The Comedian By Edgar Albert Guest

The Comedian

Whatever the task and whatever the risk, wherever
the flag’s in air,
The funny man with his sunny ways is sure to
be laughing there.
There are men who fret, there are men who
dream, men making the best of it,
But whether it’s hunger or death they face,
Or burning thirst in a desert place,
There is always one, by the good Lord’s grace,
Who is making a jest of it.

He travels wherever his brothers go and he leaves
his home behind him,
The need for smiles he seems to know; in the
ranks of death you’ll find him.
When some are weary and sick and faint, and
all with the dust are choking,
He dances there with a spirit gay,
And tints with gold what is drab and gray,
And into the gloom of the night and day
He scatters his mirthful joking.

He wins to courage the soul-tried men; he lightens
their hours of sorrow;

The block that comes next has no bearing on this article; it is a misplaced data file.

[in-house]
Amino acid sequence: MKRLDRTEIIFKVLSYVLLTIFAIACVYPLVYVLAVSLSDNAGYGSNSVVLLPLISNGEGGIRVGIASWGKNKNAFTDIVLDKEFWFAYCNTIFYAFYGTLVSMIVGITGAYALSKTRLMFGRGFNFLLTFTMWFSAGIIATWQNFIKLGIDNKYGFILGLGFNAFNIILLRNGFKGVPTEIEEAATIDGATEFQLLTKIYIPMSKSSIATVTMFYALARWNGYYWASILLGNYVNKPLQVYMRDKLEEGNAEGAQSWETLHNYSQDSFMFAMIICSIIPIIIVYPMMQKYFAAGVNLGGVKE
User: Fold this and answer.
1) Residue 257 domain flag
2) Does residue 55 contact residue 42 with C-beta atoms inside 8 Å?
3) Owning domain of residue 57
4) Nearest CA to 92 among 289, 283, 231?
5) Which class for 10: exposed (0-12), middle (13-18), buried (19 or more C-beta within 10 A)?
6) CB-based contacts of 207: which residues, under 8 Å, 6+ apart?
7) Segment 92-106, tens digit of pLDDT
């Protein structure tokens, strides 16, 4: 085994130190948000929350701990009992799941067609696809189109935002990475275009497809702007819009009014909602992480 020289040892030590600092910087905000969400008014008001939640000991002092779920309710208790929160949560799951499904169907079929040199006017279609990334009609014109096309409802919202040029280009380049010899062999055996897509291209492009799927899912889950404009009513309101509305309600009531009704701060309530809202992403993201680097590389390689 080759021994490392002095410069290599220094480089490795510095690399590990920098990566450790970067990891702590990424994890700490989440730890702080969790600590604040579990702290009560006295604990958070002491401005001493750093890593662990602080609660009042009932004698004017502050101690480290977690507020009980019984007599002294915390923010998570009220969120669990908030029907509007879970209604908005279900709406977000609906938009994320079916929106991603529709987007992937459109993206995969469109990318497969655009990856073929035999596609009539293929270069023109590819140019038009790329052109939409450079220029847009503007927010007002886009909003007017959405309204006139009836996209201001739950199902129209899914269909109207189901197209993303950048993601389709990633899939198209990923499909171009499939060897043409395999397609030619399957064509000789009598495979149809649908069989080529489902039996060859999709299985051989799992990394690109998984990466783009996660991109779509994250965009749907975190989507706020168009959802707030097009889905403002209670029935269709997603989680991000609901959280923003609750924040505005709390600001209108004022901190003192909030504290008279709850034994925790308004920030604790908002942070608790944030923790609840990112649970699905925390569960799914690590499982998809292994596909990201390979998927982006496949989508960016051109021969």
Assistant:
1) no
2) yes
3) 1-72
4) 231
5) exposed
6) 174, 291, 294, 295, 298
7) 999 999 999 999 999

He turns their thoughts from the grief that is to
the joy that may come to-morrow.
He mocks at death and he jests at toil, as one
that is never weary;
He japes at danger and discipline,
Or the muddy trench that he’s standing in;
There’s nothing can banish his merry grin,
Or dampen his spirits cheery.

The honors of war to its heroes go; for them are
the pomp and glory,
But seldom it is that the types relate a victory’s
inside story.
And few shall know when the strife is done and
the history’s made hereafter,
How much depended on him who stirred
The souls of men with a cheerful word,
And kept them brave by a jest absurd,
And brightened their days with laughter.

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